“There’s nothing new about what we’re doing,” Dianne Brennan, director of development at the Guthrie Theater, said to me on November 2 at a party in the Dowling Studio. “When Sir Tyrone came to Minnesota, John Cowles was in his 30s.” She was referring to the mixing of people from the worlds of business and art, a process that resulted in the company’s 1963 founding and that the Guthrie is hoping to foster in a new generation with its Open Call program.
The Dowling Studio event was the official kick-off for the program, though what precisely was being kicked off remains, more or less intentionally, a little vague. Open Call is an audience development program roughly analogous to the “young professionals” programs maintained by other large nonprofits—from the Minnesota Opera to the Minnesota Zoo—with a semi-autonomous board that has its own funding and plans to create programming associated with Guthrie shows.
Part of that programming, starting with A Christmas Carol, will be the standard young-professional-program package: discount tickets plus a party. Unlike comparable programs, though, Open Call isn’t explicitly tied to a demographic group (“You should come to our Tempo events!” a Minnesota Opera representative once told me. “We only start aging people out at 40”); instead, the program is more generally aimed to attract prospective audience members who don’t think theater is their thing.
In a video invitation to the kick-off event, Carl Atiya Swanson—an Open Call board member—makes that case explicitly. “The Guthrie’s not just a place where your grandmother comes to see A Christmas Carol,” says Carl. “There will be people here who you want to meet. People like Chastity Brown. People like the DJs Lady Heat. Designers. Actors from the Guthrie. People who are interested in theater. People who, after a couple of our signature cocktails, if you want to get into a deep discussion about who does theater best in the Twin Cities, we’re not going to stop you.”
Theater artist Paige Collette, at the party, put it another way. “It’s like Pancake Time, but with booze.” Pancake Time was a recent gathering of dozens of theater artists at Bedlam Theatre’s Seward space, coordinated by Samantha Johns in response to a hot discussion, regarding Twin Cities theater, that erupted on her Facebook profile.
Pancake Time on the Guthrie’s ninth floor? Well, theoretically. In reality, the Guthrie event was more party than discussion, and the crowd was less Seward than North Loop. Whereas Bedlam has offered discount tickets to patrons who bike to their shows, the Open Call kick-off featured a promotional partnership with Uber: invitees (including me) enjoyed free limo rides to the party, and as Chastity Brown began her set, we sipped martinis under crystal chandeliers.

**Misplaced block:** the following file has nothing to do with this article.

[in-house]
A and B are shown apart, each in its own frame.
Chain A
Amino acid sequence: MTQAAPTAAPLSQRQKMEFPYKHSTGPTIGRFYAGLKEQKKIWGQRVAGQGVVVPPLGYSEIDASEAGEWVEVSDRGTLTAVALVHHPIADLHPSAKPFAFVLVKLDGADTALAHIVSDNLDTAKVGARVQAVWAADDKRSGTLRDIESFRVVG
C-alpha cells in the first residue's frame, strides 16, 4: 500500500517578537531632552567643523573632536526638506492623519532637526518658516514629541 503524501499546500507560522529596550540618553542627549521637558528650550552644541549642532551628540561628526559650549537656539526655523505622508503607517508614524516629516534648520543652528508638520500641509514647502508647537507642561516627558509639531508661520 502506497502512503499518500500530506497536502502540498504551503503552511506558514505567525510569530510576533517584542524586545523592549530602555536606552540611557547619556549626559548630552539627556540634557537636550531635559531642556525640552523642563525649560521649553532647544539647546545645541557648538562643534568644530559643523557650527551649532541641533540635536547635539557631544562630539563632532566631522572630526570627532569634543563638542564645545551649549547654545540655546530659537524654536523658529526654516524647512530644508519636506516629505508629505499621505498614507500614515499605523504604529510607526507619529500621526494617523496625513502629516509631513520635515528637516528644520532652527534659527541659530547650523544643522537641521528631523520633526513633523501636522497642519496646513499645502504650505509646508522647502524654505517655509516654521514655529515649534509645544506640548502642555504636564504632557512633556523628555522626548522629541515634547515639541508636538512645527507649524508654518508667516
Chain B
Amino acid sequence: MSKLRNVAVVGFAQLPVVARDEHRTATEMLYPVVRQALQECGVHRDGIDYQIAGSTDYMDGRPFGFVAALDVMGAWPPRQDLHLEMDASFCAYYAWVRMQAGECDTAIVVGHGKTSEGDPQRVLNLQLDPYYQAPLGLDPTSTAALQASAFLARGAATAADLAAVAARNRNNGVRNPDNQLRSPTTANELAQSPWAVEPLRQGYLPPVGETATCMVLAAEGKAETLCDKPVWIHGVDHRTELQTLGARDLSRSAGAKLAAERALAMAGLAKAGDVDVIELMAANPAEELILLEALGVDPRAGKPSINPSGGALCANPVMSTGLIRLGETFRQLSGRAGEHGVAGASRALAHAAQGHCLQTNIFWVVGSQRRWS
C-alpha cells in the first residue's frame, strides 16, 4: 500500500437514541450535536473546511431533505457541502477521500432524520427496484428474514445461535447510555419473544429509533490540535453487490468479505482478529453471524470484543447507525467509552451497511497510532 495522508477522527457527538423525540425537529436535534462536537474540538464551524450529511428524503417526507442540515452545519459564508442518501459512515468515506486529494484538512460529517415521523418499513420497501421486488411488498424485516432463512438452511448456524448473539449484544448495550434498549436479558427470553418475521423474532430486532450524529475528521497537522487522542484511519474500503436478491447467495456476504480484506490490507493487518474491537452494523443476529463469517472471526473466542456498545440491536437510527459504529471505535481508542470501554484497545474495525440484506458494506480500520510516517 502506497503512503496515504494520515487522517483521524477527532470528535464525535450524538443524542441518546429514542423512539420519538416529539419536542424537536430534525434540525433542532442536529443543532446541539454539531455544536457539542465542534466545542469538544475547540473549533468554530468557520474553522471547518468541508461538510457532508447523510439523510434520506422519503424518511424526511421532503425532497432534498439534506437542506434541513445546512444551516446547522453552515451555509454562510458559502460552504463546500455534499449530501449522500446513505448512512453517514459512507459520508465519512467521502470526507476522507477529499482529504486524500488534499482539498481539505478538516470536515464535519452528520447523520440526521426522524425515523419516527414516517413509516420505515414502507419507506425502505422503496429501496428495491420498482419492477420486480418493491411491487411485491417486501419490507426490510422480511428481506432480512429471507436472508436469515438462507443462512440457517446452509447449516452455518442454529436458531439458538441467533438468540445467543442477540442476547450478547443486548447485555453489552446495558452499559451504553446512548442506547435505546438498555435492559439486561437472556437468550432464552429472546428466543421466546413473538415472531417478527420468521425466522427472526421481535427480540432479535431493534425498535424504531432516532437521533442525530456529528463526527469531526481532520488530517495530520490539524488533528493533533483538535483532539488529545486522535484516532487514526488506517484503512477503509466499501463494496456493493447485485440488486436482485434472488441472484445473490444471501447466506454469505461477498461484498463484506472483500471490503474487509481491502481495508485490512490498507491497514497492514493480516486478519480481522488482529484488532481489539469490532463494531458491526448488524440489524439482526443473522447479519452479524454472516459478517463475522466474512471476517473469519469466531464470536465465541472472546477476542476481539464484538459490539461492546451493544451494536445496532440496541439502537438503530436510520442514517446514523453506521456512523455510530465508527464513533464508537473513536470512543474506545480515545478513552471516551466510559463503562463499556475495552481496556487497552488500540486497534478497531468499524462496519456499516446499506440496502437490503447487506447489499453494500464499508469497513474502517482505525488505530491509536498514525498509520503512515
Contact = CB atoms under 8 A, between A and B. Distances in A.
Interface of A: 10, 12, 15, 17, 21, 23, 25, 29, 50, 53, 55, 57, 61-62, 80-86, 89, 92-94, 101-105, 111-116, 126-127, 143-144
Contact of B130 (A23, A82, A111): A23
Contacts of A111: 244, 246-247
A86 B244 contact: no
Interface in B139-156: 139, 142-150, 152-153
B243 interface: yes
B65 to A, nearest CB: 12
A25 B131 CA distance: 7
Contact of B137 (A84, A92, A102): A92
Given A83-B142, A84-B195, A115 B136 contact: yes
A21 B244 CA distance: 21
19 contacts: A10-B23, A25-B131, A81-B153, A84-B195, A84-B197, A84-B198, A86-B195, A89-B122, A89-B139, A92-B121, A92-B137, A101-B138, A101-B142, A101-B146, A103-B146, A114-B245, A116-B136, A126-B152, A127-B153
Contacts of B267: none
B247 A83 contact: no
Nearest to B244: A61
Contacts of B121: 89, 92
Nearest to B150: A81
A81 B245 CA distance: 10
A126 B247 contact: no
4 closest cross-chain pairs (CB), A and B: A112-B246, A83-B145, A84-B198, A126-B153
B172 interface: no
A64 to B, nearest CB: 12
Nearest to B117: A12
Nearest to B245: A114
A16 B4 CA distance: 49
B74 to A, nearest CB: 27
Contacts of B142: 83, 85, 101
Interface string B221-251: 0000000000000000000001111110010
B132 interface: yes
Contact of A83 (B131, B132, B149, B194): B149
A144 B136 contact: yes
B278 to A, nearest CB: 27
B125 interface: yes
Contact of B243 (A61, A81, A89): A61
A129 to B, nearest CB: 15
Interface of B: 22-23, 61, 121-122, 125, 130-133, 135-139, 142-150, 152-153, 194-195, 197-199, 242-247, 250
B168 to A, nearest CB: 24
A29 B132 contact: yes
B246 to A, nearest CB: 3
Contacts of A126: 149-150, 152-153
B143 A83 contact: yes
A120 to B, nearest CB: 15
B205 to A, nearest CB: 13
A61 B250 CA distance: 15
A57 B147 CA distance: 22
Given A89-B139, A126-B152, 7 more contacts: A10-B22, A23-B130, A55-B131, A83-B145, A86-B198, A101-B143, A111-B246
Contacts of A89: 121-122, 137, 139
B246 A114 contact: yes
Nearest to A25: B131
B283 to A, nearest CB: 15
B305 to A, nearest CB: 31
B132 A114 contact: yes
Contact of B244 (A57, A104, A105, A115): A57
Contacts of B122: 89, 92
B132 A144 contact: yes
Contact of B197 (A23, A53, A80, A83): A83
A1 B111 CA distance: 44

As a party, the event was certainly a success: the studio remained crowded well after most attendees had used their two free drink tickets, and it was certainly a much younger crowd than one typically encounters at the Guthrie. Though it wasn’t Pancake Time, independent theater artists were indeed in evidence: in addition to Carl (a member of the Savage Umbrella theater company, and formerly of Lamb Lays With Lion) and Paige, I spotted Brant Miller and Jason Ballweber of Four Humors, adventurous actress Elise Langer, and Fringe-favorite writer and peformer Rob Callahan.
That’s significant because it suggests that Big Blue understands why companies like Bedlam, Savage Umbrella, and Four Humors don’t need young-audience development groups: their programming is dynamic and accessible. (If anything, those companies need older-audience development programs.) That’s ultimately what audience development will come down to for the Guthrie: programming development. In theater as well as media, content is still king. They won’t necessarily come if you build it, but they’re sure as hell not going to come to The Sunshine Boys.
The Open Call program debut coincides with other hopeful signs at the Guthrie, including a new “30 Below” program that makes it easier for teens and 20-somethings to buy discounted tickets. The company has also recently promoted Lauren Ignaut to director of studio theater programming, with an eye to increasingly using the Dowling Studio space to build relationships with outside companies—and the new Guthrie audiences that come with those companies.
This is all taking place against the backdrop of tense labor disputes at the Minnesota Orchestra and the St. Paul Chamber Orchestra. Whatever comes of those disputes, their existence demonstrates the stark reality of the perilous financial situation faced by orchestras across America, many of which are likely to shutter in coming years. The most loyal and enthusiastic demographic for classical music is disappearing, and all the signature cocktails in the world aren’t going to convince Generations X and Y to love Mozart like our grandparents did.
The Baby Boomers now running institutions like the Guthrie are likely looking over at the picketing cellists and remembering a line from a song by their own generational icon, Bob Dylan: “He not busy being born is busy dying.”
Correction: This post originally contained a misspelling of Dianne Brennan’s first name, and misidentified John Cowles. These errors have been corrected.
Coverage of issues and events affecting Central Corridor communities is funded in part by a grant from the Central Corridor Funders Collaborative.